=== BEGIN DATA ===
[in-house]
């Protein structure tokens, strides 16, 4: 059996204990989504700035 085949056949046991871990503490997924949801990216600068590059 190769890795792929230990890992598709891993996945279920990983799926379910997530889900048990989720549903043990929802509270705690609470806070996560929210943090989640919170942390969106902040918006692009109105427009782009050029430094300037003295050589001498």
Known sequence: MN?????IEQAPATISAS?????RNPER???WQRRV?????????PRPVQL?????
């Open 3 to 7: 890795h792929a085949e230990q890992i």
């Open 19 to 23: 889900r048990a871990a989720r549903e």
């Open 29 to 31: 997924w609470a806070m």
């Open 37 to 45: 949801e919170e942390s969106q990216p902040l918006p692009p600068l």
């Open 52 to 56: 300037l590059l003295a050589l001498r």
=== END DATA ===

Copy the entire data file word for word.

[in-house]
């Protein structure tokens, strides 16, 4: 059996204990989504700035 085949056949046991871990503490997924949801990216600068590059 190769890795792929230990890992598709891993996945279920990983799926379910997530889900048990989720549903043990929802509270705690609470806070996560929210943090989640919170942390969106902040918006692009109105427009782009050029430094300037003295050589001498």
Known sequence: MN?????IEQAPATISAS?????RNPER???WQRRV?????????PRPVQL?????
């Open 3 to 7: 890795h792929a085949e230990q890992i």
């Open 19 to 23: 889900r048990a871990a989720r549903e």
């Open 29 to 31: 997924w609470a806070m």
């Open 37 to 45: 949801e919170e942390s969106q990216p902040l918006p692009p600068l």
């Open 52 to 56: 300037l590059l003295a050589l001498r």